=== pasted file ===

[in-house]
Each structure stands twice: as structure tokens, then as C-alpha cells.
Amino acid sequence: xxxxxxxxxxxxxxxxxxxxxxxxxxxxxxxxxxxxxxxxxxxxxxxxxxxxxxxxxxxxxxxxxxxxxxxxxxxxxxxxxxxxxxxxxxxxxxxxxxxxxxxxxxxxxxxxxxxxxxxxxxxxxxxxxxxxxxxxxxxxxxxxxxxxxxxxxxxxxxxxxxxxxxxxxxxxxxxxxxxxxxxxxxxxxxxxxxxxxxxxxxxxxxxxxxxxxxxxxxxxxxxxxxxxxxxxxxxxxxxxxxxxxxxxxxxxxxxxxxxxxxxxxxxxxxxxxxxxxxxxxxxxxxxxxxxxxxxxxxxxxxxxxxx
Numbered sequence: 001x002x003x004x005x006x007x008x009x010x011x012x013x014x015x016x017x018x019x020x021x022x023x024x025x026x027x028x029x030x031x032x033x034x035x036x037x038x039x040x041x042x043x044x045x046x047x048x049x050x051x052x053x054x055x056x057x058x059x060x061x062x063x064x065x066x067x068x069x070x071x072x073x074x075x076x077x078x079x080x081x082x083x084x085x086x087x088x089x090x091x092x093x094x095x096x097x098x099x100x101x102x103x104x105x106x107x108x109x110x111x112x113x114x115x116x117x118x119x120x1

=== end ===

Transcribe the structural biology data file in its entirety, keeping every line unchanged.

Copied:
[in-house]
Each structure stands twice: as structure tokens, then as C-alpha cells.
Amino acid sequence: xxxxxxxxxxxxxxxxxxxxxxxxxxxxxxxxxxxxxxxxxxxxxxxxxxxxxxxxxxxxxxxxxxxxxxxxxxxxxxxxxxxxxxxxxxxxxxxxxxxxxxxxxxxxxxxxxxxxxxxxxxxxxxxxxxxxxxxxxxxxxxxxxxxxxxxxxxxxxxxxxxxxxxxxxxxxxxxxxxxxxxxxxxxxxxxxxxxxxxxxxxxxxxxxxxxxxxxxxxxxxxxxxxxxxxxxxxxxxxxxxxxxxxxxxxxxxxxxxxxxxxxxxxxxxxxxxxxxxxxxxxxxxxxxxxxxxxxxxxxxxxxxxxx
Numbered sequence: 001x002x003x004x005x006x007x008x009x010x011x012x013x014x015x016x017x018x019x020x021x022x023x024x025x026x027x028x029x030x031x032x033x034x035x036x037x038x039x040x041x042x043x044x045x046x047x048x049x050x051x052x053x054x055x056x057x058x059x060x061x062x063x064x065x066x067x068x069x070x071x072x073x074x075x076x077x078x079x080x081x082x083x084x085x086x087x088x089x090x091x092x093x094x095x096x097x098x099x100x101x102x103x104x105x106x107x108x109x110x111x112x113x114x115x116x117x118x119x120x1